An epidemiologist says today's confirmed case being discovered seven months after infection is the longest he's heard of.
A historical coronavirus diagnosis has uncovered what's believed to be the true first Covid-19 case in New Zealand.
The case came about after a person returned from Italy, before the country was identified as a coronavirus hotspot.
"This infection occurred in late February following exposure to an infected person from Italy," the Ministry of Health said.
"At the time the family member was visiting New Zealand, they became ill with symptoms consistent with Covid-19, and the wider household then also became ill.
"At the time, they did not meet the case definition for testing for people with defined symptoms who had travelled from or transited through China. Italy had not at that point been identified as a country of concern. This meant the New Zealand household was not tested at the time."
The diagnosis was discovered after a man recently developed a sore throat and sought testing. His weak positive result and serology test results and case history indicated an old infection of the virus.
"This would mean that the infected family member from Italy is effectively now the first case we are aware of in New Zealand, as they have reported having symptoms on arrival on 21 February, a week before our first reported case on 28 February," the ministry said.
Five other family members have been identified as historical probable cases of the virus.
"Consequently, the other household cases would represent the first locally acquired cases of Covid-19 in New Zealand, given the onset of symptoms from 29 February for the confirmed case."
The cases all originated in the Waikato region.
The ministry said they now present no risk to the public.
"As part of the investigation, close contacts of this man during his recent mild illness have been tested as a precaution and have returned negative tests.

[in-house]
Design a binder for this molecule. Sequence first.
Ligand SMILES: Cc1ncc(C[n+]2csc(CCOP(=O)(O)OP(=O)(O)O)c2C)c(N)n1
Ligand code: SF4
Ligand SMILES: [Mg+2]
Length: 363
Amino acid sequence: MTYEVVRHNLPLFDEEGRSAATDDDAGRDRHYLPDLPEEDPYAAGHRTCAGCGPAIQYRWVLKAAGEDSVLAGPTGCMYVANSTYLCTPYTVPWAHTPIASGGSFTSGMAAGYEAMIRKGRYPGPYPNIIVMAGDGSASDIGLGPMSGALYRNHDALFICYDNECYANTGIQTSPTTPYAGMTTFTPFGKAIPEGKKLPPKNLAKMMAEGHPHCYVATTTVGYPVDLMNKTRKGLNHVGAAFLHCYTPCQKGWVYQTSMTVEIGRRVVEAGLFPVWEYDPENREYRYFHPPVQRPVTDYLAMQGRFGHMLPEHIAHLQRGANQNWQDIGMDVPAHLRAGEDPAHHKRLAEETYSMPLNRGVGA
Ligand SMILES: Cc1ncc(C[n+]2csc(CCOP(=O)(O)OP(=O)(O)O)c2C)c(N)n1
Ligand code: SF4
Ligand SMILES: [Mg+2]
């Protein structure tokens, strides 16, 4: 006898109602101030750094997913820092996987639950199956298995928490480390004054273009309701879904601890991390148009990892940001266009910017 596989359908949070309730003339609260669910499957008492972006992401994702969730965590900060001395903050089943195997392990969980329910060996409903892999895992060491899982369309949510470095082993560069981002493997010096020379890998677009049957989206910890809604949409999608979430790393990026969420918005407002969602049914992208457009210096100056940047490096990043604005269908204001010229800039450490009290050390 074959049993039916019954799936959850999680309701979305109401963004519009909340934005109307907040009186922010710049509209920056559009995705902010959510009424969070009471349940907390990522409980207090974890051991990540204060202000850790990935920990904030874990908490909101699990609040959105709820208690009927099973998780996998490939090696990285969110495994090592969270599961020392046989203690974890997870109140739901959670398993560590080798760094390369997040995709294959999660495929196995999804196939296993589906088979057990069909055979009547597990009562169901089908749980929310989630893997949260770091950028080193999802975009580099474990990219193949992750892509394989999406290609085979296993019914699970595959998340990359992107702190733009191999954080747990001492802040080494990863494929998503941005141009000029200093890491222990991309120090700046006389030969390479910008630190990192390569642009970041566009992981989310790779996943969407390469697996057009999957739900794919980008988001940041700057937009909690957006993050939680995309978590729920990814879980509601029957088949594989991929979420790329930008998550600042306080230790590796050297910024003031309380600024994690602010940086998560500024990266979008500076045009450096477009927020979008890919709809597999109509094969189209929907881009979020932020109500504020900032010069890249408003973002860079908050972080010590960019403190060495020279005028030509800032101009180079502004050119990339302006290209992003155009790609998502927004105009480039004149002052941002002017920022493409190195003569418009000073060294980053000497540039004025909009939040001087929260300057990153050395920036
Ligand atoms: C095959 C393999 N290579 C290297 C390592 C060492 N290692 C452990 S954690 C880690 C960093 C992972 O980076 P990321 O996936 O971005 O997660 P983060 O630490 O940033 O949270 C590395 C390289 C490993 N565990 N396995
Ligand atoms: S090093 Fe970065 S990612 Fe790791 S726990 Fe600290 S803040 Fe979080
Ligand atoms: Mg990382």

"We have known that some people can return a positive PCR test long after they have recovered from the illness and are no longer infectious."
Epidemiologist Michael Baker said today's case was the longest he'd heard of to show up in a test after the person had first fallen ill.
"The testing is very sensitive and you can get debris from the original infection, which contains RNA, which is enough to be detected months later," he said.
"This person was February, that's the longest I've heard of ... that's really pushing out that maximum duration."
There were questions around what the virus' maximum duration was, but because it was a new pathogen, "no one really knows".
The news was another reminder that positive test results must be evaluated "based on the circumstances".
"You have to have that contextual information to interpret a positive result.
"We always knew that testing has its limitations."
But the more knowledge we had about testing, the better, he said.
New Zealand's first Covid-19 case was originally believed to have been a person who had travelled to Iran.
The person, aged in their 60s, was identified when their family became concerned for their health and contacted Healthline.
The person had been coughing and had difficulty breathing.
They tested negative twice before returning a third, positive result.